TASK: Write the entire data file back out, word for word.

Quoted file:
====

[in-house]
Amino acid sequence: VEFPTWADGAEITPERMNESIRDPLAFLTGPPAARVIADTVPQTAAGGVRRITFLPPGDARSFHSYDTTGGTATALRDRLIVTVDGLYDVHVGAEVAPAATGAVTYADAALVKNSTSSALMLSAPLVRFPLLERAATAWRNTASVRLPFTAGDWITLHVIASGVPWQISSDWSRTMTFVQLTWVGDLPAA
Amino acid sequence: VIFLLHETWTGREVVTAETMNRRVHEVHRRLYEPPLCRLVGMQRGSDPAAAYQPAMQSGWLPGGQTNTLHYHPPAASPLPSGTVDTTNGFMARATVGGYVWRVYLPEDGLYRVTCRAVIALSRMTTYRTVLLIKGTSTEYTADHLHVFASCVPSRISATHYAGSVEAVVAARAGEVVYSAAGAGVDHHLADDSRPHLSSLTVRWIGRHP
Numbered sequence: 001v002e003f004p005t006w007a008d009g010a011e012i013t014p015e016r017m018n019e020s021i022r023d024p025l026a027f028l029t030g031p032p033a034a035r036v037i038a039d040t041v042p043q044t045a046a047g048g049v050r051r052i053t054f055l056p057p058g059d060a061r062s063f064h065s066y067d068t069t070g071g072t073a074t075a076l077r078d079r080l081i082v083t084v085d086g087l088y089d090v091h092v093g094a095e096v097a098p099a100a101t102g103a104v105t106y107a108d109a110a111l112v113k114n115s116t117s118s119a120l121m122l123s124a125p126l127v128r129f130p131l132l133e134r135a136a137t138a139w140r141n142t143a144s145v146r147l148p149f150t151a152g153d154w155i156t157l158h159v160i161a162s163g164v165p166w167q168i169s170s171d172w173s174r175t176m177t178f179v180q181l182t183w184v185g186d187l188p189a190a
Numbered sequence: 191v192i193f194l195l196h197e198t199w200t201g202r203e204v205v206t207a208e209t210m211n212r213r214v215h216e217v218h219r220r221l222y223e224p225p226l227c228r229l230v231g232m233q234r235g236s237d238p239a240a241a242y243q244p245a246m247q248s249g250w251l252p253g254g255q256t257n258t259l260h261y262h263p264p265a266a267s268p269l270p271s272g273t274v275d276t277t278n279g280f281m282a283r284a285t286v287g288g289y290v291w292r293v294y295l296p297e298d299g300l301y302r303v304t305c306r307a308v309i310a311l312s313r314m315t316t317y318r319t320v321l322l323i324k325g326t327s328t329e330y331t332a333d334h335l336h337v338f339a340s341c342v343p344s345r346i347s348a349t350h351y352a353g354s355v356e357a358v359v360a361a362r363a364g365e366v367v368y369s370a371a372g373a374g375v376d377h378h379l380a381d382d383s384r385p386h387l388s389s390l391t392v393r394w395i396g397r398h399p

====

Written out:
[in-house]
Amino acid sequence: VEFPTWADGAEITPERMNESIRDPLAFLTGPPAARVIADTVPQTAAGGVRRITFLPPGDARSFHSYDTTGGTATALRDRLIVTVDGLYDVHVGAEVAPAATGAVTYADAALVKNSTSSALMLSAPLVRFPLLERAATAWRNTASVRLPFTAGDWITLHVIASGVPWQISSDWSRTMTFVQLTWVGDLPAA
Amino acid sequence: VIFLLHETWTGREVVTAETMNRRVHEVHRRLYEPPLCRLVGMQRGSDPAAAYQPAMQSGWLPGGQTNTLHYHPPAASPLPSGTVDTTNGFMARATVGGYVWRVYLPEDGLYRVTCRAVIALSRMTTYRTVLLIKGTSTEYTADHLHVFASCVPSRISATHYAGSVEAVVAARAGEVVYSAAGAGVDHHLADDSRPHLSSLTVRWIGRHP
Numbered sequence: 001v002e003f004p005t006w007a008d009g010a011e012i013t014p015e016r017m018n019e020s021i022r023d024p025l026a027f028l029t030g031p032p033a034a035r036v037i038a039d040t041v042p043q044t045a046a047g048g049v050r051r052i053t054f055l056p057p058g059d060a061r062s063f064h065s066y067d068t069t070g071g072t073a074t075a076l077r078d079r080l081i082v083t084v085d086g087l088y089d090v091h092v093g094a095e096v097a098p099a100a101t102g103a104v105t106y107a108d109a110a111l112v113k114n115s116t117s118s119a120l121m122l123s124a125p126l127v128r129f130p131l132l133e134r135a136a137t138a139w140r141n142t143a144s145v146r147l148p149f150t151a152g153d154w155i156t157l158h159v160i161a162s163g164v165p166w167q168i169s170s171d172w173s174r175t176m177t178f179v180q181l182t183w184v185g186d187l188p189a190a
Numbered sequence: 191v192i193f194l195l196h197e198t199w200t201g202r203e204v205v206t207a208e209t210m211n212r213r214v215h216e217v218h219r220r221l222y223e224p225p226l227c228r229l230v231g232m233q234r235g236s237d238p239a240a241a242y243q244p245a246m247q248s249g250w251l252p253g254g255q256t257n258t259l260h261y262h263p264p265a266a267s268p269l270p271s272g273t274v275d276t277t278n279g280f281m282a283r284a285t286v287g288g289y290v291w292r293v294y295l296p297e298d299g300l301y302r303v304t305c306r307a308v309i310a311l312s313r314m315t316t317y318r319t320v321l322l323i324k325g326t327s328t329e330y331t332a333d334h335l336h337v338f339a340s341c342v343p344s345r346i347s348a349t350h351y352a353g354s355v356e357a358v359v360a361a362r363a364g365e366v367v368y369s370a371a372g373a374g375v376d377h378h379l380a381d382d383s384r385p386h387l388s389s390l391t392v393r394w395i396g397r398h399p